New Jersey Internet Gamblers Excited and Sports Bettors Disappointed in the …

Hartley Henderson
New Jersey Internet Gamblers Excited and Sports Bettors Disappointed in the Same Week:


By Hartley Henderson – Exclusive to OSGA.com
Mar 4, 2013, 13:47


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New Jersey residents were thrilled last week when Governor Christie passed the amended online gambling bill which will allow New Jersey residents to wager online from anywhere in the state. Christie vetoed similar legislation in 2011 stating that he was worried the original bill would violate New Jersey’s constitution which requires all state gambling to take place in Atlantic City but he also said he wanted a referendum on the issue. Most insiders, however, surmised at the time that Christie’s opposition to the bill had more to do with his plans to run for the Republican ticket in 2012 and he believed that being seen as the first governor to legalize online gambling would be seen as a negative with Republican delegates. This seemed to prove prophetic since Christie’s stance on gambling seemed to change overnight once he decided not to run for the presidency in 2012. Almost immediately after announcing his plan not to run, he welcomed a referendum on sports betting and even announced he would be voting in favor of the sports legislation and he seemed to soften on his stance towards online gambling. In fact in early 2012 Christie stated:

“I think New Jersey should be in that (online gambling) business. I think we should be an epicenter for that business.”

With that encouragement, the assembly and senate reintroduced and almost unanimously passed the bill at the end of 2012 requiring all online betting to take place on servers in land based Atlantic City casinos. Christie again rejected the bill but said he would be happy to sign it with some modifications. Included in that was an increase in state tax on gambling profits from 10% to 15%, the requirement that all citizens set up their wagering accounts at land based casinos in Atlantic City, an increase in funding from operators for problem gambling and a 10 year trial period at which point the law would have to be signed again. The assembly ceded to Christie’s will and last week the governor signed the bill into law.

It appears that there were 3 main factors that convinced Christie to get on board with the online gambling law. First and foremost, the staunchest opponents to online gambling in the Republican Party have either left office or softened their stance. According to a Republican delegate I spoke to, many Republicans just refused to get on board with any legislation that was brought forth by Barney Frank and with Frank as the champion of the bill they would never pass it. But with Frank now out of office, a number of Republicans took a closer look at the legislation and realized that online gambling was going to occur in the U.S. one way or another and there was no point in paddling against the tide. In fact John Kyl even acknowledged the same thing when he partnered with Harry Reid to introduce the Kyl-Reid bill to legalize poker. This was evident when the DoJ worked with PokerStars to have them purchase Full Tilt, and most Republicans were on board. Consequently, being seen as a pro gambling governor nowadays just doesn’t have the same stigma that it did almost 2 years ago.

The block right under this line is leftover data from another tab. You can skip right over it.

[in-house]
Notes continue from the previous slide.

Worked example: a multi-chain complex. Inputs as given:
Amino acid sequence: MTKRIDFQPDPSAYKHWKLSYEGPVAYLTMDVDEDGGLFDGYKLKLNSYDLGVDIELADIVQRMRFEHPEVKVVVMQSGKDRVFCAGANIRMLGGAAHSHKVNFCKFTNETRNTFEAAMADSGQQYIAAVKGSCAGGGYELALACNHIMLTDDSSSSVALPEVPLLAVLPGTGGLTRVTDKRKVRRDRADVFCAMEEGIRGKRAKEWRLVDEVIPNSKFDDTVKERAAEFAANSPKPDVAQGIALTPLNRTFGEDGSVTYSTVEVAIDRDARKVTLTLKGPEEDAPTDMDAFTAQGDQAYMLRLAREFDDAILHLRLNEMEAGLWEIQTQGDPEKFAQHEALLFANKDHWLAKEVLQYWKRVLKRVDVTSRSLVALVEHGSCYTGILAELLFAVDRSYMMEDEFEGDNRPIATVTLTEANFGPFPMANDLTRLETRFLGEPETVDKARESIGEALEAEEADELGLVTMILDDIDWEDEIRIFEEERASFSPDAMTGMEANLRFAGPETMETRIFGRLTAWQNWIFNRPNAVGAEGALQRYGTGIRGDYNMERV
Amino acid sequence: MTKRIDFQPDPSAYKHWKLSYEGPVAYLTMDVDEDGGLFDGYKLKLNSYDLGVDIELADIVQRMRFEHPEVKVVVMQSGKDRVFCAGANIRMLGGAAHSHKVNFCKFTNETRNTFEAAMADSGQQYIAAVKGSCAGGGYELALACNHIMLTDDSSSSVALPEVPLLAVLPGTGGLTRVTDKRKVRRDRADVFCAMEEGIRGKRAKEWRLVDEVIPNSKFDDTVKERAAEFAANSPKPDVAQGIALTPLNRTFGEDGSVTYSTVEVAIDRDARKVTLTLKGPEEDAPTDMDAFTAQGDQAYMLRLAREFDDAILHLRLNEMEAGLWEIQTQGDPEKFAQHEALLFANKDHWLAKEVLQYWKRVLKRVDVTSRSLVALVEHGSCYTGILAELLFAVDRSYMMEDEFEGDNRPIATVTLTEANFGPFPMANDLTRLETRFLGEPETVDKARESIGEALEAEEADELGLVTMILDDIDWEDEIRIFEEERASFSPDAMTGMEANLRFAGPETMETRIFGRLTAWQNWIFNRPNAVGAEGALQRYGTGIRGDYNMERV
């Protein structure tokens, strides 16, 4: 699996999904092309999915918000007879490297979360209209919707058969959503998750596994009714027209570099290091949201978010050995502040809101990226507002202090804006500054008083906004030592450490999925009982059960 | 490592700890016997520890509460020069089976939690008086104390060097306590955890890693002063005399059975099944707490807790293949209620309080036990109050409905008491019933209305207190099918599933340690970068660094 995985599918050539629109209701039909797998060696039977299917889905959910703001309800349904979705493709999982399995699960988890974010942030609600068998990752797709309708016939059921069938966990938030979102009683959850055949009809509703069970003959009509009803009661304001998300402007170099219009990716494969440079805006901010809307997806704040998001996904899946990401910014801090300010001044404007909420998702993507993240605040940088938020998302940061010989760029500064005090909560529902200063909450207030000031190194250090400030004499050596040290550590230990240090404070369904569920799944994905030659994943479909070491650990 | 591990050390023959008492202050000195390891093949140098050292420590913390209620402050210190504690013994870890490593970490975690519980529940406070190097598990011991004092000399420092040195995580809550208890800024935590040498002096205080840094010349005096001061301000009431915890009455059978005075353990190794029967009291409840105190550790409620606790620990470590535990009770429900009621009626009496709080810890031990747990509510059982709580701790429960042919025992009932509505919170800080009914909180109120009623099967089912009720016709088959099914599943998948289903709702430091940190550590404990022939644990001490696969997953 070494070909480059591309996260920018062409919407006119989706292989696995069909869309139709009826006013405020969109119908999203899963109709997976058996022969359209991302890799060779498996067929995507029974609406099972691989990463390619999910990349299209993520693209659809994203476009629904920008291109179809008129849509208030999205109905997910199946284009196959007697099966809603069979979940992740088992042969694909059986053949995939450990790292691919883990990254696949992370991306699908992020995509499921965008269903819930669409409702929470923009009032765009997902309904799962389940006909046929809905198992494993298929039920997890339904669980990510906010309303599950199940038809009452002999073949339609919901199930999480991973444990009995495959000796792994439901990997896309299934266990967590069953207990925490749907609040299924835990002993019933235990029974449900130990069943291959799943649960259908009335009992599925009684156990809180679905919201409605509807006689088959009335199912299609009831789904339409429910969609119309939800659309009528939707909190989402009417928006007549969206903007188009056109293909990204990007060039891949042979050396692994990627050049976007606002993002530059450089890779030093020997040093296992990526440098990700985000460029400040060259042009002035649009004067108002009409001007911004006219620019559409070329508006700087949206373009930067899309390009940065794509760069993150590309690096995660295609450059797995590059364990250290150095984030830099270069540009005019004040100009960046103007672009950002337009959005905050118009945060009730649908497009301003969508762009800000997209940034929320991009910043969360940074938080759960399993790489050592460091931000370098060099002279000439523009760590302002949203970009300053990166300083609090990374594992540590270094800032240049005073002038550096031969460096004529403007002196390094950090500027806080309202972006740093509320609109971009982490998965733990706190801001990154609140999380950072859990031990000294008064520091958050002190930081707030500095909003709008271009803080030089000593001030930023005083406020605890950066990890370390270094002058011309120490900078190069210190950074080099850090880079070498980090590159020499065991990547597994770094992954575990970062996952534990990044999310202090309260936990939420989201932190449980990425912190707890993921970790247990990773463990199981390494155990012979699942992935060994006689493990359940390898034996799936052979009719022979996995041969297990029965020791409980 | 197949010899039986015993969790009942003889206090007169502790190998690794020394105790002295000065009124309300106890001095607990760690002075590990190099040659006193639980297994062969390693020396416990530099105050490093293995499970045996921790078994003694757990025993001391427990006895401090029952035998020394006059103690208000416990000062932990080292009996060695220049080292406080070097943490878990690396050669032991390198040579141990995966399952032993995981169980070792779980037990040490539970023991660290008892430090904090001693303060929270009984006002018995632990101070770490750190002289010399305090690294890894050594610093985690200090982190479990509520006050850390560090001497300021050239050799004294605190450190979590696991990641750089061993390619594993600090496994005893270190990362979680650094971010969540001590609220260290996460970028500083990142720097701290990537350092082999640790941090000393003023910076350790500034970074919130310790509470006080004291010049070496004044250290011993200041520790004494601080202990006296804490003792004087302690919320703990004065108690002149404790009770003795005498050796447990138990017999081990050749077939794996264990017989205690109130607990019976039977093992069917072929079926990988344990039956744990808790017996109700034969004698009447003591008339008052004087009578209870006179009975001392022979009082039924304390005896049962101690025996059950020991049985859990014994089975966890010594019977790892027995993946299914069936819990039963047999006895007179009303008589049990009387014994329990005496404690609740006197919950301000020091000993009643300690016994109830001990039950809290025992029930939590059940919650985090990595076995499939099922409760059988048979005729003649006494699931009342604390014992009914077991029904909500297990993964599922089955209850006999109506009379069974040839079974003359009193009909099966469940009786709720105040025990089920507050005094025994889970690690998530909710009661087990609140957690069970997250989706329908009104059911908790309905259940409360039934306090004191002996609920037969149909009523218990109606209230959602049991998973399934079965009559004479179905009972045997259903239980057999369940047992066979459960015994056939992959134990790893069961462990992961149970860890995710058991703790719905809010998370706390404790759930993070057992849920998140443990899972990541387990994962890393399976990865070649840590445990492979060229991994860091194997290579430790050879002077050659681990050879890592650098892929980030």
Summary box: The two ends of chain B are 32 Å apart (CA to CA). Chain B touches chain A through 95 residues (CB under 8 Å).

The second impetus was that other states were already introducing legislation to legalize online gambling and there was no move by the federal government to stop it. Delaware and Nevada already passed legislation and up to 5 other states including California seem prepared to pass similar laws in the near future. With the feds clearly not interested in introducing a federal bill, the states have now taken their own lead and New Jersey clearly doesn’t want to be left behind.

The third impetus was near the end of 2011 when the Department of Justice stated that the Wire Act only applies to sports betting. The UIGEA always exempted intrastate online gambling but the DoJ under the Bush administration made it clear that in their view all gambling on the internet was interstate in nature and hence any states that introduced online gambling would be in violation of The Wire Act and subject to federal intervention. Legal experts stated that the constitution is clear that if an activity is legal in one state and it is also legal in another state then it’s legal between the states and the previous DoJ stated that as a result it infringed on the 1961 federal law even if cross state betting failed to occur. Now, however, even if the states do create interstate networks, it won’t violate federal law provided the betting doesn’t involve sports betting. The only requirement now would be that the betting is legal in the state law where the operation is set up. For that reason, all the major poker companies are trying to buy up land based operations and PokerStars put in a bid for a major Atlantic City casino to meet the New Jersey requirements that bets take place at servers located in land based Atlantic City casinos. If interstate poker networks are created, chances are that the revenues will be divided up based on where the bets are actually placed based on the IP address of the bettor.

Two sticking points to the new law are the WTO and Caesars. Antigua has already announced it will be going back to the WTO requesting a new ruling on compensation for the case it won regarding gambling services, and if interstate online wagering is permitted in the U.S. then the morals argument made by the USTR used to convince the WTO appellate court on compensation will prove to be unjustified. Antigua was awarded compensation based on what the courts deemed they would lose by not being allowed to offer horse racing as a result of the Interstate Horse Racing Act, but if poker and casinos are added to the award then the amount will grow exponentially. That said, the U.S. never seems to be too concerned with what the WTO says and sees the organization as a hindrance to be ignored except when the decision is for the U.S. at which time the U.S. government demands immediate compliance. With the U.S. in a big fight with China over numerous issues from subsidized auto parts to software piracy, the U.S. has to be somewhat concerned, however, that China will use the decision by the U.S. to ignore the WTO ruling for Antigua as a possible reason for China not to comply with WTO rulings either.